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Ladybeetles, Beneficial Insects in the Low Desert

Vine Rule

    These rounded beetles come in many sizes and colors. The most common species found in Arizona is the convergent ladybeetle, named for the two converging white stripes on the back of its thorax. The beetles are brightly colored with red front wings speckled with black markings. The adults lay bright orange football-shaped eggs on plants near where aphids are found. The eggs hatch into black and orange bumpy larvae that eat hundreds of aphids per day. As the larvae grow, they resemble tiny beaded dragons. When the larvae mature they form a rounded black and orange-marked pupa attached to the plant. The pupae is sometimes mistaken for a bird dropping.

    Lady bird beetles consume thousands of aphids.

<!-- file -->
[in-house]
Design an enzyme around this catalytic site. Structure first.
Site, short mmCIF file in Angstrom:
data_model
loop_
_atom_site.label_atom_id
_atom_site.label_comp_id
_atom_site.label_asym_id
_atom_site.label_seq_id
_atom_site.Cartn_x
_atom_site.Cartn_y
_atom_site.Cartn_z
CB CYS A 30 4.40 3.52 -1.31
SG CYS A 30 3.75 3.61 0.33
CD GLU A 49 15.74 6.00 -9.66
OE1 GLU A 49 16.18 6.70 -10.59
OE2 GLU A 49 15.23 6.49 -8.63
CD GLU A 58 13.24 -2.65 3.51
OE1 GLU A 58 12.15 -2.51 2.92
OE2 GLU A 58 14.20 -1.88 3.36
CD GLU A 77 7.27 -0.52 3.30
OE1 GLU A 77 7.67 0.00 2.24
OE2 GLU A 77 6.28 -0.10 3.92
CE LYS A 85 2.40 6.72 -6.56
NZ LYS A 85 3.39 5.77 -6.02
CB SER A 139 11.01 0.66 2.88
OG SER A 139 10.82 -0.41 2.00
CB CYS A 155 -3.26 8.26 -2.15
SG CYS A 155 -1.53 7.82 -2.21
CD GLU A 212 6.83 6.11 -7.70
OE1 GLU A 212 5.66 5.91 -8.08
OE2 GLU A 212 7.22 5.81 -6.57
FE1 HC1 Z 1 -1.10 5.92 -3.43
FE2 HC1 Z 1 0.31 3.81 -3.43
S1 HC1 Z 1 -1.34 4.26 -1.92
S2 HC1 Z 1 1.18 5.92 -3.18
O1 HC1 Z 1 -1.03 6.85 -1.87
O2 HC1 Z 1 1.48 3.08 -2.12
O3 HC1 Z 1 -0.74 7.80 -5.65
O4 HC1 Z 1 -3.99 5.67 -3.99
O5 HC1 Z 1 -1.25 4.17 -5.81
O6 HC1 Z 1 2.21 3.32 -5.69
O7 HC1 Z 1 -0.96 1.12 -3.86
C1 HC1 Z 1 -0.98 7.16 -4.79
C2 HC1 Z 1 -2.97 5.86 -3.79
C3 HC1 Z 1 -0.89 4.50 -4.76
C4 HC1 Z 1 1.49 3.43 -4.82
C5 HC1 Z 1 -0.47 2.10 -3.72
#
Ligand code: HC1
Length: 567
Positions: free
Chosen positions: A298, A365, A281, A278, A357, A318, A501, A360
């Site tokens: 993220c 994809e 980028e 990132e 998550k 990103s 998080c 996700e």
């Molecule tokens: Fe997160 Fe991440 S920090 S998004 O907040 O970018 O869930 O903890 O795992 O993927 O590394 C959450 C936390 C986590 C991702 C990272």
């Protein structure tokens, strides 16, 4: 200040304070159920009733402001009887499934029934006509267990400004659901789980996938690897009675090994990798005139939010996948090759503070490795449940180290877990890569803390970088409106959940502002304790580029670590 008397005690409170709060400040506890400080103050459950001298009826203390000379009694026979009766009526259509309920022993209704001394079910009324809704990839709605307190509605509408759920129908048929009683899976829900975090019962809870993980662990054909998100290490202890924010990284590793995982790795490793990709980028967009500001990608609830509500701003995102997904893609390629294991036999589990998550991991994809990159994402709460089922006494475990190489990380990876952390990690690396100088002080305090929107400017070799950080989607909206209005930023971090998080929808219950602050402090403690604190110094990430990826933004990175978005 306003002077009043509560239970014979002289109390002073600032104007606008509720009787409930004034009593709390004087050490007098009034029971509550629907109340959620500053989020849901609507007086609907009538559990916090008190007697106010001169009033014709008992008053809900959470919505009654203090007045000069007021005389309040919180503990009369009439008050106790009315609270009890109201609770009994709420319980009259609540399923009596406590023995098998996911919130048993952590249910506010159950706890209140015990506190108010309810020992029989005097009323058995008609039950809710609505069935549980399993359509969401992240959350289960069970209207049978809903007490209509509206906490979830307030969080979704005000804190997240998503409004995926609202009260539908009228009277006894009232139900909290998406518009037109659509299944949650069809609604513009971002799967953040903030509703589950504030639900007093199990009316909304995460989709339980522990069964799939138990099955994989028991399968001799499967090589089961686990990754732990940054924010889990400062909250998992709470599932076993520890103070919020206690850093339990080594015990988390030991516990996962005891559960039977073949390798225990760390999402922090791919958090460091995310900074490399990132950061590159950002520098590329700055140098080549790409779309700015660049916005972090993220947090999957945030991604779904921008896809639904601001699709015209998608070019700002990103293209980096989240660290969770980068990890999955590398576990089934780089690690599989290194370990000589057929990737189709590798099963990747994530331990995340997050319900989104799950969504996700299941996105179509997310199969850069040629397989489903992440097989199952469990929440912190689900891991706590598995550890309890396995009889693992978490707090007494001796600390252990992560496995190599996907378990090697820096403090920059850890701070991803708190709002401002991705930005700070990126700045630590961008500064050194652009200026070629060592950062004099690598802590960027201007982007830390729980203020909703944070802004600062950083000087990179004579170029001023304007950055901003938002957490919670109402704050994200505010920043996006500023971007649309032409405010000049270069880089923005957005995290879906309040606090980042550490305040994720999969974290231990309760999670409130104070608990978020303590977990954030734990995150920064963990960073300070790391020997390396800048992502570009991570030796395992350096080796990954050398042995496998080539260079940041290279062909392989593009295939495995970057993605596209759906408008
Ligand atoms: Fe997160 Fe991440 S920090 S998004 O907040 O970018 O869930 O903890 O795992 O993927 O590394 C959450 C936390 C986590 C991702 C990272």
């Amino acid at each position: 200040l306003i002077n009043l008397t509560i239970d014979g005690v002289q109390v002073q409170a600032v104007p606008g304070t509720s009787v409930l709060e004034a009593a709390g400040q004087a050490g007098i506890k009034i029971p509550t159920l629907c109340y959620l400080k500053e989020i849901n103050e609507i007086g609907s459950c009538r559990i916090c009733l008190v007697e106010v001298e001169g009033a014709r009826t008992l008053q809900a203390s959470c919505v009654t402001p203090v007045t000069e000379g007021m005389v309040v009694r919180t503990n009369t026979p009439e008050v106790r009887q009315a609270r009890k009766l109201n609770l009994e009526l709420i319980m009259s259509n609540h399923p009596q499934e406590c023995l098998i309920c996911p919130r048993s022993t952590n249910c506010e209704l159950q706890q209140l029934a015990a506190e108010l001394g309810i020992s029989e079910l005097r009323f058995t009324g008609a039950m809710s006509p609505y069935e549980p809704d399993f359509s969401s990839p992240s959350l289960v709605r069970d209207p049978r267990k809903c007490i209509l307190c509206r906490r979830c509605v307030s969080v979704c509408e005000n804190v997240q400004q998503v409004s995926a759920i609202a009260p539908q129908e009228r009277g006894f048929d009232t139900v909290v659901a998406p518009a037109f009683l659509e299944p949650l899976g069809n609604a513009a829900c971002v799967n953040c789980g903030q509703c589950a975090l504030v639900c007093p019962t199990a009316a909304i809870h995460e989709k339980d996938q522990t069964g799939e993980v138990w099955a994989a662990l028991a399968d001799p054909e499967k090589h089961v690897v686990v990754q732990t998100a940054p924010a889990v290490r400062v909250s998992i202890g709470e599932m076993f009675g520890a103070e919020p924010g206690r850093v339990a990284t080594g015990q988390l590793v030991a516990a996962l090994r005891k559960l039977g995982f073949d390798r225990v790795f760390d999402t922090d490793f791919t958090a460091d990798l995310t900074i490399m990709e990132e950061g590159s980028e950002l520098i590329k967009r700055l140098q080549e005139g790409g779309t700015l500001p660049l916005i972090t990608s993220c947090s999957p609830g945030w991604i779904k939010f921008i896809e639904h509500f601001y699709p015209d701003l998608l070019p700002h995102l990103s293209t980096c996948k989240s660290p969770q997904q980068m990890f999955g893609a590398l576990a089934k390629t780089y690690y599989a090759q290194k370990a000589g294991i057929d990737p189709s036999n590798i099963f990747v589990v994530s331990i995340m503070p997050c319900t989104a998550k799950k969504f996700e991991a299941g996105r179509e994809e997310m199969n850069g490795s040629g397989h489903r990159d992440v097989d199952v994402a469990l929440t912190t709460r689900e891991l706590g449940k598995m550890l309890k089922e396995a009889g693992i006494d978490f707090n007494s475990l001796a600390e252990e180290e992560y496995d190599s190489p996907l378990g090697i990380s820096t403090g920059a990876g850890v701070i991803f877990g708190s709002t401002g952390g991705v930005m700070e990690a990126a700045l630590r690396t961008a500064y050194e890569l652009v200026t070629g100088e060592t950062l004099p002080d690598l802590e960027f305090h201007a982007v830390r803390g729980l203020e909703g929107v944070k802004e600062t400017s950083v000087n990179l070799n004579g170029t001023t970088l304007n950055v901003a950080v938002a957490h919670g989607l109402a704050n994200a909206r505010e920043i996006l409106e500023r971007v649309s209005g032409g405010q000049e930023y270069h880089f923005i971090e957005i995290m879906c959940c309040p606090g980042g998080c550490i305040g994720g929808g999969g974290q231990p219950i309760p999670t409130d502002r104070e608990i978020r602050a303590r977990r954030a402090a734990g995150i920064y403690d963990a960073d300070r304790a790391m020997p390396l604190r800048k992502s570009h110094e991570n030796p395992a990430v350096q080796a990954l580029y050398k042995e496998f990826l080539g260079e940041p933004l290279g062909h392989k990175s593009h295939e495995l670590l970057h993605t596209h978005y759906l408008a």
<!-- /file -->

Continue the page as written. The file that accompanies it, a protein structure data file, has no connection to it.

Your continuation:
Ladybeetle pupae

  • Give ladybeetles and other beneficials a chance before applying insecticides which may kill the beneficials as well as the pests.

  • Tolerate a small pest population, think of the pests as dinner for the beneficials.

  • Learn to recognize the good guys in all their life stages.

  • Focus your energies on creating a healthy environment for ladybeetles and they will come on their own; it is not necessary to purchase them.

Ladybeetle larvae

To Gardening and Landscaping in Maricopa County, AZ

The University of Arizona, College of Agriculture and Life Sciences, Cooperative Extension, in Maricopa County.
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Issued in furtherance of Cooperative Extension work, acts of May 8 and June 30, 1914, in cooperation with the U.S. Department of Agriculture, James A. Christenson, Director, Cooperative Extension, College of Agriculture and Life Sciences, The University of Arizona.

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Last Updated May 18, 2011
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